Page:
Photo retrieved from: www.ipsnews.net
“After Hurricane Sandy swept through the northeast of the United States late October 2012, millions of New Yorkers were left for days without electricity. But they still had access to drinking water, thanks to New York City’s reliance on protected watershed areas for potable water.
Instead of using electric-powered water treatment plans, New York City brings its high-quality drinking water through aqueducts connected to protected areas in the nearby Catskill/Delaware forests and wetlands – just one example of how protecting watersheds can provide residential areas with drinking water and flood and pollution protection at bargain basement prices.
New York saved between four and six billion dollars on the cost of water treatment plants by protecting forests and compensating farmers in the Catskills for reducing pollution in lakes and streams.
In 2011, countries around the world invested more than eight billion dollars in similar watershed projects around the world, according to the State of Watershed Payments 2012 report released Thursday. That year, China led the way, accounting for 91 percent of watershed investment.”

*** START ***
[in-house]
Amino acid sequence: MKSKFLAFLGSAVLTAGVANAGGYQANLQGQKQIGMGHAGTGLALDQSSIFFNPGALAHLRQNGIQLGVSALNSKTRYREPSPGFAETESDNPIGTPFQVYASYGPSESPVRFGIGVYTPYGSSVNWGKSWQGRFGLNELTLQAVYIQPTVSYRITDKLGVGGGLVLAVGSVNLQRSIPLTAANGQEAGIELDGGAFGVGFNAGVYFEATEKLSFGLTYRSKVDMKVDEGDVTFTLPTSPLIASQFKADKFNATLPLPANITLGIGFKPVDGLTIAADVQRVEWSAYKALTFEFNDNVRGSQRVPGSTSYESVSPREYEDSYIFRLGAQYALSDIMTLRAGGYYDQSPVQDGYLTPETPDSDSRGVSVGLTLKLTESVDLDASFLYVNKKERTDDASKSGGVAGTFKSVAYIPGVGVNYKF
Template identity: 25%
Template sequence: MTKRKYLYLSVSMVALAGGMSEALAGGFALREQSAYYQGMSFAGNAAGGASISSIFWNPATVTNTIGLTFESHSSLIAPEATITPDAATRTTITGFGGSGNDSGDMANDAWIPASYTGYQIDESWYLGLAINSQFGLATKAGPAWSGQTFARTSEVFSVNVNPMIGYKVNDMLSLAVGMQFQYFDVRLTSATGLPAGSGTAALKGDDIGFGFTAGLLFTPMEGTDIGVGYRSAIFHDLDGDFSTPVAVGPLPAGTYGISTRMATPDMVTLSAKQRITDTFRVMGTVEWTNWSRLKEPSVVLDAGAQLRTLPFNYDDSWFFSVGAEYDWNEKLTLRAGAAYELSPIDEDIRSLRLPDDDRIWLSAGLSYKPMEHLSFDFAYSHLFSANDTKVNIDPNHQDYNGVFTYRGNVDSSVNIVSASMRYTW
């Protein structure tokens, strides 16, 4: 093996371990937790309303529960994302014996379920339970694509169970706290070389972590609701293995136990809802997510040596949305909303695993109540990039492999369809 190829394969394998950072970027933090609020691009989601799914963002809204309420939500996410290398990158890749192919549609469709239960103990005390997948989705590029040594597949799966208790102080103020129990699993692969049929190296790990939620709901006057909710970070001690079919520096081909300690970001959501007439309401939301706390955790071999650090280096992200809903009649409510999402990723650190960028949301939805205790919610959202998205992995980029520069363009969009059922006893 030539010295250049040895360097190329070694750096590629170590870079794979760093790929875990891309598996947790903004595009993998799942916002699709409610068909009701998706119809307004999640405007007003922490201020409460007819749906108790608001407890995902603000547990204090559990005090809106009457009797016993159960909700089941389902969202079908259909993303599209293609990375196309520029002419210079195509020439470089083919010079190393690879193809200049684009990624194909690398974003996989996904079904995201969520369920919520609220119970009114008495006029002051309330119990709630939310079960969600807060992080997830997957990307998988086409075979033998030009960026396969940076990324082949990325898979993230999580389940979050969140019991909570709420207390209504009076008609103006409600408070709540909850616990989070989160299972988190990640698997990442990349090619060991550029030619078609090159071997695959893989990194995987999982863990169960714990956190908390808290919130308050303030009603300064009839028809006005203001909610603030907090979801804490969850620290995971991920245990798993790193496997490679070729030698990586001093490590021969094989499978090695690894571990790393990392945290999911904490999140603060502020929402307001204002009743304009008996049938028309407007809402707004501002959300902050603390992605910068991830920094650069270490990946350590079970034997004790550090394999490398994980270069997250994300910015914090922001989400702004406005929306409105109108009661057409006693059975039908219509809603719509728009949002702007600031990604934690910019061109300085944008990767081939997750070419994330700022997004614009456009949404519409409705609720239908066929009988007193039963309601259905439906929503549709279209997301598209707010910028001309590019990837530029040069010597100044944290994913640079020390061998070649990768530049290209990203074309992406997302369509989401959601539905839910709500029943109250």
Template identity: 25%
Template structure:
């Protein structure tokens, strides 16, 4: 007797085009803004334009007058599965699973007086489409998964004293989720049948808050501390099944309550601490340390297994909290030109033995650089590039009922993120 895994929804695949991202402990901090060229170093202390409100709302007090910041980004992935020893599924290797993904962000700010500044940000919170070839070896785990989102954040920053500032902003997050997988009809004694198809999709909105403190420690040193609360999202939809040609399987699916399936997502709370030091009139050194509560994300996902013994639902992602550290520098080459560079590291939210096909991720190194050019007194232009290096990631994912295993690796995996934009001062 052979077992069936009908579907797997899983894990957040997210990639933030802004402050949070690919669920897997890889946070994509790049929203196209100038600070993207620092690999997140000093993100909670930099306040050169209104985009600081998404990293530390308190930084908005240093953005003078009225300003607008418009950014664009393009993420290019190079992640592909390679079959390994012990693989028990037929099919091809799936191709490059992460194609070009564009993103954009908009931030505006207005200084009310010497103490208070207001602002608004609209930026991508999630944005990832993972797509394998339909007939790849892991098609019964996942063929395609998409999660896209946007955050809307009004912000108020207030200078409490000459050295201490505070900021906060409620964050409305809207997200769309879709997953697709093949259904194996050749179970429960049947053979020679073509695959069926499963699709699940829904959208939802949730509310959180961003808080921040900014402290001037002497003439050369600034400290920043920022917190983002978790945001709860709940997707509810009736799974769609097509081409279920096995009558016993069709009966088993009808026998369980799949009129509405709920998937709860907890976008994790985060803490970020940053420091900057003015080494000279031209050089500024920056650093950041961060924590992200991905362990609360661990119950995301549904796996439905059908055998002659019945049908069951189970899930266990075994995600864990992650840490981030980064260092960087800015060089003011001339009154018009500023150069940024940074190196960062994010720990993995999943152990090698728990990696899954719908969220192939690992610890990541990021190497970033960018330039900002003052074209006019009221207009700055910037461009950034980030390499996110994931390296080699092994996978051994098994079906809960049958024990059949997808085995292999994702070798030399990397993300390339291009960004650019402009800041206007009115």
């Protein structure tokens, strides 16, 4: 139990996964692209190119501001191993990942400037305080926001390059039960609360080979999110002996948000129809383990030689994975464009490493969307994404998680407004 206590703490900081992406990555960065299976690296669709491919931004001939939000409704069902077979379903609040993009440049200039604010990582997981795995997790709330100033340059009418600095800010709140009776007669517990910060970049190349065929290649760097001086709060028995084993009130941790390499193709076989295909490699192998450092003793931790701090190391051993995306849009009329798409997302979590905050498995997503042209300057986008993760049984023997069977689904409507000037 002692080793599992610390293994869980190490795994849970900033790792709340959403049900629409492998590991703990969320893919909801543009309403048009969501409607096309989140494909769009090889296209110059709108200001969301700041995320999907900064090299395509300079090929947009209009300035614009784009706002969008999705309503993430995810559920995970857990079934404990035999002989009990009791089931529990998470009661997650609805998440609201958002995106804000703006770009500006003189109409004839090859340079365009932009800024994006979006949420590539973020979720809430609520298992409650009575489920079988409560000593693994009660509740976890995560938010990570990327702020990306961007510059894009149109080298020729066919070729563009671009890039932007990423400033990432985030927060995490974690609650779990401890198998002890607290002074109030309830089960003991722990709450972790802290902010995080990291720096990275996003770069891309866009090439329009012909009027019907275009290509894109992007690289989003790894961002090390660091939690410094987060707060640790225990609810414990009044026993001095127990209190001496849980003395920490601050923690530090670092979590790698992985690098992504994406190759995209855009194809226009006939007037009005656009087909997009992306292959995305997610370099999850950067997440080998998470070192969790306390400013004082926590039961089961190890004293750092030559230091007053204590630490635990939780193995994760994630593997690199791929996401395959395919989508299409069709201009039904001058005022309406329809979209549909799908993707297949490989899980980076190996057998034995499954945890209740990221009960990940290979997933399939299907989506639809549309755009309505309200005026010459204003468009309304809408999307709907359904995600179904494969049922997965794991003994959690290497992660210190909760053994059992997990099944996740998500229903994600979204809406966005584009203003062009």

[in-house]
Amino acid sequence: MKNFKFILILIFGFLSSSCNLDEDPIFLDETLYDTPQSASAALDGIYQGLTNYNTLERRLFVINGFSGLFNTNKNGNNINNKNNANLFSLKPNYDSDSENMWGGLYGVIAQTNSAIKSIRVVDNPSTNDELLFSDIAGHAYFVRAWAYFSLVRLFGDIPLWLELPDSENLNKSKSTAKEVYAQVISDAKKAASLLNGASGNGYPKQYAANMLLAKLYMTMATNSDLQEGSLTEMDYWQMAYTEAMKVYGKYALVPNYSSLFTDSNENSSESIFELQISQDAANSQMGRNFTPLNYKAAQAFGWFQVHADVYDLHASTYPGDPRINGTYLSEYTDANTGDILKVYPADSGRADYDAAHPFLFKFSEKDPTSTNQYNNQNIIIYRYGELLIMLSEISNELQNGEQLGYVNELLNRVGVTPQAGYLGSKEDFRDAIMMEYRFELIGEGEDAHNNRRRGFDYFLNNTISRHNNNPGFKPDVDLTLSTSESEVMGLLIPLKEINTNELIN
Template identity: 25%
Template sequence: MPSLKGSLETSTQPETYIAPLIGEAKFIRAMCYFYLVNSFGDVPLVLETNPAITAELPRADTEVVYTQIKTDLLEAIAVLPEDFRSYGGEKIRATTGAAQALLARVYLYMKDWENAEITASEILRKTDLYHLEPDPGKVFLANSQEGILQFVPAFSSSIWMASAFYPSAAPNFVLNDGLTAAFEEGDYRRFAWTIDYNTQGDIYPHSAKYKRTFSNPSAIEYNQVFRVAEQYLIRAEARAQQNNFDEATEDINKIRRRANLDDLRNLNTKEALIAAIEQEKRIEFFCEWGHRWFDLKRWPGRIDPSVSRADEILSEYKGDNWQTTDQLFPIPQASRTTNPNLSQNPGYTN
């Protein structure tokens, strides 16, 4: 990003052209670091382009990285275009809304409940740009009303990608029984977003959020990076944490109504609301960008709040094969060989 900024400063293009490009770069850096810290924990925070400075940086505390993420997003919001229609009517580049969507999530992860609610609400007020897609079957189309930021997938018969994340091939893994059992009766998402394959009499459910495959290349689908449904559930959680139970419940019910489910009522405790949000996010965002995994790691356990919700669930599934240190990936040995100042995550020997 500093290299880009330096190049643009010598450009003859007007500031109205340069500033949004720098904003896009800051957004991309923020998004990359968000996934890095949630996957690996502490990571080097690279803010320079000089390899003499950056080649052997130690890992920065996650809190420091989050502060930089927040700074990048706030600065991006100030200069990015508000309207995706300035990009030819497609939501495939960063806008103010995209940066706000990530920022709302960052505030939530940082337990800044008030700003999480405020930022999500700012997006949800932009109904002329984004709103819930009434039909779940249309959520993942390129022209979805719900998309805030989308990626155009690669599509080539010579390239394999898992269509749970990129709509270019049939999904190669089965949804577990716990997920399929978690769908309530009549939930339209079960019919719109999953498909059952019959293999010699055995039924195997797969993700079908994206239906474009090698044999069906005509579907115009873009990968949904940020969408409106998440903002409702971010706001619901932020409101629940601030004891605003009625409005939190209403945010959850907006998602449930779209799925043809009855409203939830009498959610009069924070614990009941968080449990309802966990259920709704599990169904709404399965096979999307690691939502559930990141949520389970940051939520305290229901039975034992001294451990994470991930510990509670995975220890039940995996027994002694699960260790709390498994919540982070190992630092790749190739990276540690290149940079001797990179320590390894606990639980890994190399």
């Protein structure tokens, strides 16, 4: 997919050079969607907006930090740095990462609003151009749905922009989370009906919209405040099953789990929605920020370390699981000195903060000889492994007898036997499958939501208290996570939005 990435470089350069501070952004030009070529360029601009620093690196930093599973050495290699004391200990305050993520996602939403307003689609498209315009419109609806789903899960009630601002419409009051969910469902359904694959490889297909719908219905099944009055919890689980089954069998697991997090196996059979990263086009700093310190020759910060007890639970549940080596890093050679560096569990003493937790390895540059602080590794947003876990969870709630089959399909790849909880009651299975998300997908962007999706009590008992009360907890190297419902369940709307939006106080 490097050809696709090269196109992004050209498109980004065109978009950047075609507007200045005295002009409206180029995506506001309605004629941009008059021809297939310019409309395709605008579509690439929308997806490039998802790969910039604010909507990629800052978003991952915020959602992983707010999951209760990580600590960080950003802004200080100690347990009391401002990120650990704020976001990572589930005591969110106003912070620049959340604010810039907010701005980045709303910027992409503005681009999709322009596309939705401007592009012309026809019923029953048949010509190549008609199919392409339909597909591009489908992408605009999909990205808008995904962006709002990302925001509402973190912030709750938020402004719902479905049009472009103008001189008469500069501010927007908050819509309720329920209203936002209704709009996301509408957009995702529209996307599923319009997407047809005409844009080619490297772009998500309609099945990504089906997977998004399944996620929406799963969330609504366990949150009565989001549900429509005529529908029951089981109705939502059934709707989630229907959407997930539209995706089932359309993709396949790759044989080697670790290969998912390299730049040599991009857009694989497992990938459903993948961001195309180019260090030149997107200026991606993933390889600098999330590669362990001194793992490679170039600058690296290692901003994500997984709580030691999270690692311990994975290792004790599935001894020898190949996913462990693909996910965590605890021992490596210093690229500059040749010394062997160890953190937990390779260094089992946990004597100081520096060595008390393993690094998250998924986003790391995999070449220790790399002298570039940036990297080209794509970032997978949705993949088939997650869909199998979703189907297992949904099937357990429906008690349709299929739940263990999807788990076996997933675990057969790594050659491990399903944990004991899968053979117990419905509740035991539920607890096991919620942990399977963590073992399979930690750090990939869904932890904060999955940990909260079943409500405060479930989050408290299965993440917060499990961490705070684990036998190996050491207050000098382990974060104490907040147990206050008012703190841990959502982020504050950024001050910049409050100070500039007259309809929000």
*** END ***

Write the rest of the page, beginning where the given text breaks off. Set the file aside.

Read more: IPS
Photo retrieved from: www.energydigital.com
“It is not just the coercive industries that are positioning themselves to profit from fears about the future. The commodities upon which life depends are being woven into new security narratives based on fears about scarcity, overpopulation and inequality. Increasing importance is attached to ‘food security’, ‘energy security’, ‘water security’ and so on, with little analysis of exactly what is being secured for whom, and at whose expense? But when perceived food insecurity in South Korea and Saudi Arabia is fuelling land grabs and exploitation in Africa, and rising food prices are causing widespread social unrest, alarm bells should be ringing.
The climate security discourse takes these outcomes for granted. It is predicated on winners and losers – the secure and the damned – and based on a vision of ‘security’ so warped by the ‘war on terror’ that it essentially envisages disposable people in place of the international solidarity so obviously required to face the future in a just and collaborative way.
To confront this ever creeping securitisation of our future, we must of course continue to fight to end our fossil fuel addiction as urgently as possible, joining movements like those fighting tar sands developments in North America and forming broad civic alliances that pressure towns, states and governments to transition their economies to a low-carbon footing. We can not stop climate change – it is already happening – but we can still prevent the worst effects.”
Read more: Alternet
Photo retrieved from: www.wwfpanda.org
“Back in 1997, the UN adopted the Convention on the Non-Navigable Uses of International Watercourses. It did not lay down hard and fast rules for sharing waters, but it was a statement of principle that nations should ensure the “sustainable and equitable use of shared rivers.”